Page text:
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  9. Why would I trade in my USB stick for this? I am missing the advantage. I don’t frequently use 2 devices at the same time while on the road.

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  10. The personal wifi bubble makes a huge amount of sense. For cars, for trains…it makes the mobile internet easily accessible…no more drivers, no more usb sticks. The MiFi is evolutionary, because it is obvious, but ease of use, ease of sharing make it revolutionary.

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  11. Not cost effective. 250M/mo? F that.

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  12. USB sticks cost $60/month. So does MiFi. Why not use MiFi when it can be shared, e.g., with co-workers that I’m traveling with, and I don’t have to plug an USB stick in any longer?

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  13. tonyhunterajh Monday, May 18, 2009

    It might be worth it! I am seriously considering it. I go lots of places that don’t have wifi so this is almost a dream come true… a $60/mo dream but still worth the consideration.

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  14. Wow…some people really don’t get it.

    I was at a conference where a) having reliable Internet was crucial and b) the hotel staff was clueless when their wi-fi and wired networks got hosed by the Internet savvy attendees. Something like this would have been great.

    Yes, you could get a modem, but with this several people can share wirelessly. I’d think, though, the market is fairly niche…can’t imagine this thing is going to start selling like hotcakes.

    One thing though — Verizon has to provide a way for me to be able to quickly log somewhere and get exact usage data. I am so sick of all the phones/modems I have that have strict usage limits but no way to quickly find out how much I’ve used so far this month. Insane!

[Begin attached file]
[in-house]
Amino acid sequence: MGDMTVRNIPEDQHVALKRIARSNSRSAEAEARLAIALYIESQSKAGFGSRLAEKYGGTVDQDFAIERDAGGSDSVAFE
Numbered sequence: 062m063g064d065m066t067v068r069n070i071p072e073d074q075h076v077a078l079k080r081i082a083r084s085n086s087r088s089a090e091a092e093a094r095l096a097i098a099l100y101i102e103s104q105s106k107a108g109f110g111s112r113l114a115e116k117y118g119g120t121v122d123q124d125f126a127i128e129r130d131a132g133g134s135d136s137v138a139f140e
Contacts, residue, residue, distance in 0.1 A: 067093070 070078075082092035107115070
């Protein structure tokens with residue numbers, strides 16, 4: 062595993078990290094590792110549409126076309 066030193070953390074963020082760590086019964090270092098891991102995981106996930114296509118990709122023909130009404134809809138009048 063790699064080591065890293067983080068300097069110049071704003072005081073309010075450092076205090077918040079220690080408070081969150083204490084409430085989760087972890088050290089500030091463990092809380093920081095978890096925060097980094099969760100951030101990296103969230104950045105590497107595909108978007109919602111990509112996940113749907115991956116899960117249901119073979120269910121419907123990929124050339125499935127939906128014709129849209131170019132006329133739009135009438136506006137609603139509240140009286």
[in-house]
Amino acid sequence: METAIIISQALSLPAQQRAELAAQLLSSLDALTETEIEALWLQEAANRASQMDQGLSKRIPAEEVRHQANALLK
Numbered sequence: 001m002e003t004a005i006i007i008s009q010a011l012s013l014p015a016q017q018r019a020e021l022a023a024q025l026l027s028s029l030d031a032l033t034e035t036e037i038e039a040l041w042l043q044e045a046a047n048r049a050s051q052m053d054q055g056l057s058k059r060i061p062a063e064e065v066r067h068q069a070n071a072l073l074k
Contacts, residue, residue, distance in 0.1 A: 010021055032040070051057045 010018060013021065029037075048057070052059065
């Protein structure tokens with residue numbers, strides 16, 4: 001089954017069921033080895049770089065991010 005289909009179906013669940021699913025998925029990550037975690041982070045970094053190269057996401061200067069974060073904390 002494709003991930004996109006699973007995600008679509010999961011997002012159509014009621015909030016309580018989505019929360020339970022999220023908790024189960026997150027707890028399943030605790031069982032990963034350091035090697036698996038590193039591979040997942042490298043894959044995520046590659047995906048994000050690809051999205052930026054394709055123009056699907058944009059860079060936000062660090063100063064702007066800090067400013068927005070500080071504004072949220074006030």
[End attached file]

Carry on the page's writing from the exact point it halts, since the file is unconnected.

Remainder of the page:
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  15. For me, it’s an ease-of-use thing. You can’t get any more simple than just switching the MiFi on. You don’t have to plug anything in, you don’t have to install any software on your computer. Just switch the device on and go.

    Yes, it might be a little expensive now, but we’ll see more devices like this and the cost will come down.

    The ability to use more than one device or share with others is great, but not the main draw for me.

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  16. sounds really interesting !

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  17. i am against all that is limited access, AT&T gave me a 5gb limit and i didnt even know it, they reffered to it once when i was buying a mobile wifi usb connector, i ended up with 32gb by the end of the month and $10,000+ in overage charges (i’m a huge gamer) and just forget about watching vids on youtube, luckily they put a “block” so it would turn off after using it for 5gb so they messed up and we didn’t have to pay.

    it to was $60 a month and this mifi really isn’t much better, if there was no limit then i would be all over this but it doesn’t and if all internet had limit’s youtube and any other streaming vid cites would die out or cause us massive overages

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  18. [...] gear news, the Verizon MiFi 3G router went on sale, while I pointed to a report that blamed poor Wi-Fi performance on baby monitors. I reviewed new [...]

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  19. [...] signals through Sprint’s high-speed 3G and 4G data networks. It’s similar to the Verizon MiFi, although it can connect with faster 4G speeds and is slightly [...]

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  20. [...] Internet signals through Sprint’s high-speed 3G and 4G data networks. It’s similar to the Verizon MiFi, although it can connect with faster 4G speeds and is slightly [...]

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  21. Hello, Mugen Power just released the Extended Battery for for Novatel MiFi 2200, 2352 and 2372.
    it should be last over 10 hours use with 1 charge!

    http://mugen.hk/mugen-power-3300mah-extended-battery-for-for-novatel-wireless-mifi-2352-and-2372.html
    http://mugen.hk/mugen-power-3600mah-extended-battery-for-for-novatel-verizon-wireless-mifi-2200.html

    and if you visit their page on facebook, you can find a discount code:
    http://www.facebook.com/MugenPowerBatteries